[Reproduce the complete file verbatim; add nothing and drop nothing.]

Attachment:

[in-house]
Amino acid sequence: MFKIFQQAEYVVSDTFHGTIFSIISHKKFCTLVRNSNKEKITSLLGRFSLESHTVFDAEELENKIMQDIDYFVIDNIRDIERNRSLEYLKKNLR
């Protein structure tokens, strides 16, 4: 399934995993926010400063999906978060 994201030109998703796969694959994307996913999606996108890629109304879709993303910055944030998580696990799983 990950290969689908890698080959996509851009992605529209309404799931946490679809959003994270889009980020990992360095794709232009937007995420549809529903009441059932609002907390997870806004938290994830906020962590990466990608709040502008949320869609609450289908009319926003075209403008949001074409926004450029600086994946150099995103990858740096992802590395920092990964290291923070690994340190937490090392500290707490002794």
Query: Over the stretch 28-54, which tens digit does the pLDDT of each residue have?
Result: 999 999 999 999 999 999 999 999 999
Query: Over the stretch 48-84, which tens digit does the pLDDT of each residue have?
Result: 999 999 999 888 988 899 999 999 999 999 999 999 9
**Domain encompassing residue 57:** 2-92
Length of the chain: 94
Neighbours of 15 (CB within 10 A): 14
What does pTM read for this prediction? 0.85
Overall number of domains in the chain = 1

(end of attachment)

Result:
[in-house]
Amino acid sequence: MFKIFQQAEYVVSDTFHGTIFSIISHKKFCTLVRNSNKEKITSLLGRFSLESHTVFDAEELENKIMQDIDYFVIDNIRDIERNRSLEYLKKNLR
């Protein structure tokens, strides 16, 4: 399934995993926010400063999906978060 994201030109998703796969694959994307996913999606996108890629109304879709993303910055944030998580696990799983 990950290969689908890698080959996509851009992605529209309404799931946490679809959003994270889009980020990992360095794709232009937007995420549809529903009441059932609002907390997870806004938290994830906020962590990466990608709040502008949320869609609450289908009319926003075209403008949001074409926004450029600086994946150099995103990858740096992802590395920092990964290291923070690994340190937490090392500290707490002794």
Query: Over the stretch 28-54, which tens digit does the pLDDT of each residue have?
Result: 999 999 999 999 999 999 999 999 999
Query: Over the stretch 48-84, which tens digit does the pLDDT of each residue have?
Result: 999 999 999 888 988 899 999 999 999 999 999 999 9
**Domain encompassing residue 57:** 2-92
Length of the chain: 94
Neighbours of 15 (CB within 10 A): 14
What does pTM read for this prediction? 0.85
Overall number of domains in the chain = 1